Five Things Teens Should Know About Driving

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Before your teen gets behind the wheel and takes off on their own for their first joy ride, there are a few important things they need to know. Sit down and have a heart to heart with your child before they hit the road. Set some ground rules for driving (they may have a license, but you can still take their driving privileges away if need be), and make sure they understand what the consequences will be if they fail to follow the rules- either the law or the rules you set for them.

What to do in the event they have a flat tire...
Make sure they know what to do if they get a flat tire. Flat tires are inevitable- they can strike at the worst possible times, and your teen needs to know how to safely move their vehicle out of harm's way and call for assistance. If your teens gets a flat tire, make sure they know to move to a shoulder, put on their flashers, and call someone for help. Make sure they always have a charged cell phone with them for use in case of emergencies. If they know how to change a tire themselves, make sure they have the proper tools to do so.

How to respond if they get stopped by a police officer...
Unless your teen is speeding or is guilty of a traffic violation, it's unlikely that they will be stopped by a police officer. However, these things do happen, as well as accidents, and random license checks. Make sure your child knows how to politely communicate with law enforcement- to roll down their window, and respond with respect, not to get out of the vehicle unless asked to do so, not to argue with the officer, etc. They'll also need to know where the vehicle's registration is located.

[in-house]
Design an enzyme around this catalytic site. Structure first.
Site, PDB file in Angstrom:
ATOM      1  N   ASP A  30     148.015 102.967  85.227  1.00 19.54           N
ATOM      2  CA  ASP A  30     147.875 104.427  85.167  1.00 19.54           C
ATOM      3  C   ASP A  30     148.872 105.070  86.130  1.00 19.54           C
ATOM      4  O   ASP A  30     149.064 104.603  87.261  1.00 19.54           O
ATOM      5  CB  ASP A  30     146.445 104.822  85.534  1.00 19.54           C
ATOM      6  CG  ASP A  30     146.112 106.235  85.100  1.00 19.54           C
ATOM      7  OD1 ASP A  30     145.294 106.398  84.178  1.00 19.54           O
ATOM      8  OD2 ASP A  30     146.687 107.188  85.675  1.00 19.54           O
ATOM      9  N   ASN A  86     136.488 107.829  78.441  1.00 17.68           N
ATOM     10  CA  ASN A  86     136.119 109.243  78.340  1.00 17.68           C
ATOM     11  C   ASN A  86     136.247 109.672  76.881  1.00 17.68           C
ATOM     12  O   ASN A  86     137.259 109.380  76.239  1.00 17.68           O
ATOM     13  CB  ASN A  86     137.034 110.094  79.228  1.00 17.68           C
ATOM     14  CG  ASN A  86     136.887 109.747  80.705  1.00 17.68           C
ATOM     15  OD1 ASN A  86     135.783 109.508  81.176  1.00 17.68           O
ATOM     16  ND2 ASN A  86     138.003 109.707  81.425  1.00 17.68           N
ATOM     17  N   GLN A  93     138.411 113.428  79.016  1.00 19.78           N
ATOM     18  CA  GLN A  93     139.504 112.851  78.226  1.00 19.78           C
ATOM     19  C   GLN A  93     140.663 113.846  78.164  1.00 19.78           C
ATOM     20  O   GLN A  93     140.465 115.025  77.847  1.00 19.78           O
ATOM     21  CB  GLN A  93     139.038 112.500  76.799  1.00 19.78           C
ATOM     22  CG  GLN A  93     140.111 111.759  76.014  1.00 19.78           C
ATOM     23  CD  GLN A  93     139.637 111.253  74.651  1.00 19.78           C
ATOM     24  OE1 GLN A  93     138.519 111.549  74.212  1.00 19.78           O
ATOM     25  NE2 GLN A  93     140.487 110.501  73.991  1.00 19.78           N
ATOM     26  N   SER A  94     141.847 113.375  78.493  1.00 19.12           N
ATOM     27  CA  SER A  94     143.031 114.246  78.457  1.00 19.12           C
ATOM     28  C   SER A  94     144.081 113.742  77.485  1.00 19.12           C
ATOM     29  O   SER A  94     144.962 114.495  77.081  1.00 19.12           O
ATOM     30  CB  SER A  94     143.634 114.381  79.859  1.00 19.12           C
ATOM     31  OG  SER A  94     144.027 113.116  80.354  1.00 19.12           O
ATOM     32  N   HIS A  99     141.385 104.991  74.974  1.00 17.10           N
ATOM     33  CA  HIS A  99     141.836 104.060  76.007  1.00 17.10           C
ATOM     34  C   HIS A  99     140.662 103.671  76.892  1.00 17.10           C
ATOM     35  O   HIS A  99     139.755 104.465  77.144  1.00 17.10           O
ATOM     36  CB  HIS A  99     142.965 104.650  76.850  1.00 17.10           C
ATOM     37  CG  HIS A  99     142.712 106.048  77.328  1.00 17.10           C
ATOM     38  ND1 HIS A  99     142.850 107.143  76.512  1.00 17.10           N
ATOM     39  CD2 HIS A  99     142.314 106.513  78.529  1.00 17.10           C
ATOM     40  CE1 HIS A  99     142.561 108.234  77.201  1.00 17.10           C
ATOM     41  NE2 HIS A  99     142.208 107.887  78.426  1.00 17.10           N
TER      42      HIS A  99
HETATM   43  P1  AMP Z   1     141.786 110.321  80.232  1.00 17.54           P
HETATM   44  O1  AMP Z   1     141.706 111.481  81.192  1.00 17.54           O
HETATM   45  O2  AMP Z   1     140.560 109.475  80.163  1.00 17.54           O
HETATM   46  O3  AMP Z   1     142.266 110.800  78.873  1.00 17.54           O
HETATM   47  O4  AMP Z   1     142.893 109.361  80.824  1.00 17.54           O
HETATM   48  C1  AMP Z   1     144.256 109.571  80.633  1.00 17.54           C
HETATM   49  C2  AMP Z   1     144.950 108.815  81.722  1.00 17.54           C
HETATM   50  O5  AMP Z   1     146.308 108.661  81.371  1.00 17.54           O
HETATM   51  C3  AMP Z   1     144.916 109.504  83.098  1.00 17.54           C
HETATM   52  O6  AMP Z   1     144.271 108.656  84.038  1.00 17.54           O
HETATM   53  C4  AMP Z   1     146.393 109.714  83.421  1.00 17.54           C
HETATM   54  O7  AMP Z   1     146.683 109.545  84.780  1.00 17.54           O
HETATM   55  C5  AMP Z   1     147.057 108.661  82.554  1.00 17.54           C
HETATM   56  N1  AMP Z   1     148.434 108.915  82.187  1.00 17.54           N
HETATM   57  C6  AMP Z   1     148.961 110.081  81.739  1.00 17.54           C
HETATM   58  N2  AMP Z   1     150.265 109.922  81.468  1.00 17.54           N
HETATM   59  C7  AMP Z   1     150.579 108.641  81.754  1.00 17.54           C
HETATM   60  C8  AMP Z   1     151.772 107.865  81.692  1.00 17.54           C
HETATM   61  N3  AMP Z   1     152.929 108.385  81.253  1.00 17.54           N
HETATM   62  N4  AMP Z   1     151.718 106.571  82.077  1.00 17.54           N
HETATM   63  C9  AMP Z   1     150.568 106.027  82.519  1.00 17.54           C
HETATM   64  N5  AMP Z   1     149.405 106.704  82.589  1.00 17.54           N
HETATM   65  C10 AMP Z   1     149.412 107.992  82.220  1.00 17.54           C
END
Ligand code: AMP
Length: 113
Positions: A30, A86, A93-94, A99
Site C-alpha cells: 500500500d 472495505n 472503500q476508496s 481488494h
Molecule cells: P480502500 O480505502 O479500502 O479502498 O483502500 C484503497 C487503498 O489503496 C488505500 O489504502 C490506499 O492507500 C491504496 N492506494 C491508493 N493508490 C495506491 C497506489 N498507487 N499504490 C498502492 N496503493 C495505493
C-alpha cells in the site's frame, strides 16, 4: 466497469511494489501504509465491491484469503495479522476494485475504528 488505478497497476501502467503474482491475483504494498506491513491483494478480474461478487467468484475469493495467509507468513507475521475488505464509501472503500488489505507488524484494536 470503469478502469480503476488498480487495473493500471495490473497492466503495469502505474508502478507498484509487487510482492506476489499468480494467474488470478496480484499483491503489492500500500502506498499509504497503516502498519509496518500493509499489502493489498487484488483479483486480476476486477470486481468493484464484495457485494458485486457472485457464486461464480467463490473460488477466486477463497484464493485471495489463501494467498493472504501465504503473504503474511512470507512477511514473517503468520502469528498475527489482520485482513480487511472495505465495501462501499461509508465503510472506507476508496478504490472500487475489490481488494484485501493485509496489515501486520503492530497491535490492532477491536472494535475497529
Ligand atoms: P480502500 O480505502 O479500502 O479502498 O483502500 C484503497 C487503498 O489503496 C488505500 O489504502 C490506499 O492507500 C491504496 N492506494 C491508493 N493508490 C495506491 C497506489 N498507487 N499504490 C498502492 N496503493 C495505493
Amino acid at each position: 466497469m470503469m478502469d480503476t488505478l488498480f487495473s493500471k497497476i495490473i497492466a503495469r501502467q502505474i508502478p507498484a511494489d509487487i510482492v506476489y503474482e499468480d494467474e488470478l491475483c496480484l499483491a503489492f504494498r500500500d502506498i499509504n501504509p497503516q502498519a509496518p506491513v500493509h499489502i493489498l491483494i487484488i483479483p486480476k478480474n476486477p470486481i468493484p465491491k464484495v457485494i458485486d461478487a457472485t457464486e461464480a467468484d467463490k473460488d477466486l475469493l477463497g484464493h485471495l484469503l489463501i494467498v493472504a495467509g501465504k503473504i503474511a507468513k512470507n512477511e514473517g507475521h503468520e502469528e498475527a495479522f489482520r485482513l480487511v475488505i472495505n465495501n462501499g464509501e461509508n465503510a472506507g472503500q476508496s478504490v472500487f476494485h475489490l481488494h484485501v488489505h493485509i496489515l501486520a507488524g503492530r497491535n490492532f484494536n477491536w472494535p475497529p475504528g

What to do if they get into an accident...
If your teen is involved in an accident, and isn't seriously injured, make sure they know what to do:
Call 911 or the police and wait until a responder arrives on the scene. A first responder will then help or guide the drivers to moving their vehicles to a safer area, out of traffic while information is collected and exchanged. Encourage your teen not to simply exchange a phone number with the other driver involved. Make sure they know to file a report with the police, and then take the next steps from there.

What to do if they see the check engine light come on...
This can be scary for a teen who has never encountered the dreaded check engine light before. Often times, it's not a major issue, but it can certainly turn into one if ignored. If there is a noticeable mechanical problem, make sure your teen knows to get off of the road and to a safe place to turn the car off, and then call for assistance. Having a service like AAA is great for teens who may encounter trouble on the road from a broken down vehicle to a flat tire. If the light comes on and there is no sign of an obvious problem with the vehicle, you'll want to take it to a dealer or trusted mechanic to have it looked at- sooner rather than later.

How to handle a cell phone while driving...
The best rule of thumb is not to use your phone while driving at all. Many states have laws against talking and driving- where you must use a hands-free device in order to talk on the phone while behind the wheel. If your teen must make a call, send a text or look up directions, encourage them to pull off to a safe place before looking at their screen. A glance of the screen isn't worth someone possibly losing a life over.

Having honest conversation with your teen regarding these topics will let them know what you expect from them, and will help them know what to do if they find themselves in a less than desirable situation.

Brought to you by Bob Pulte Chevrolet.

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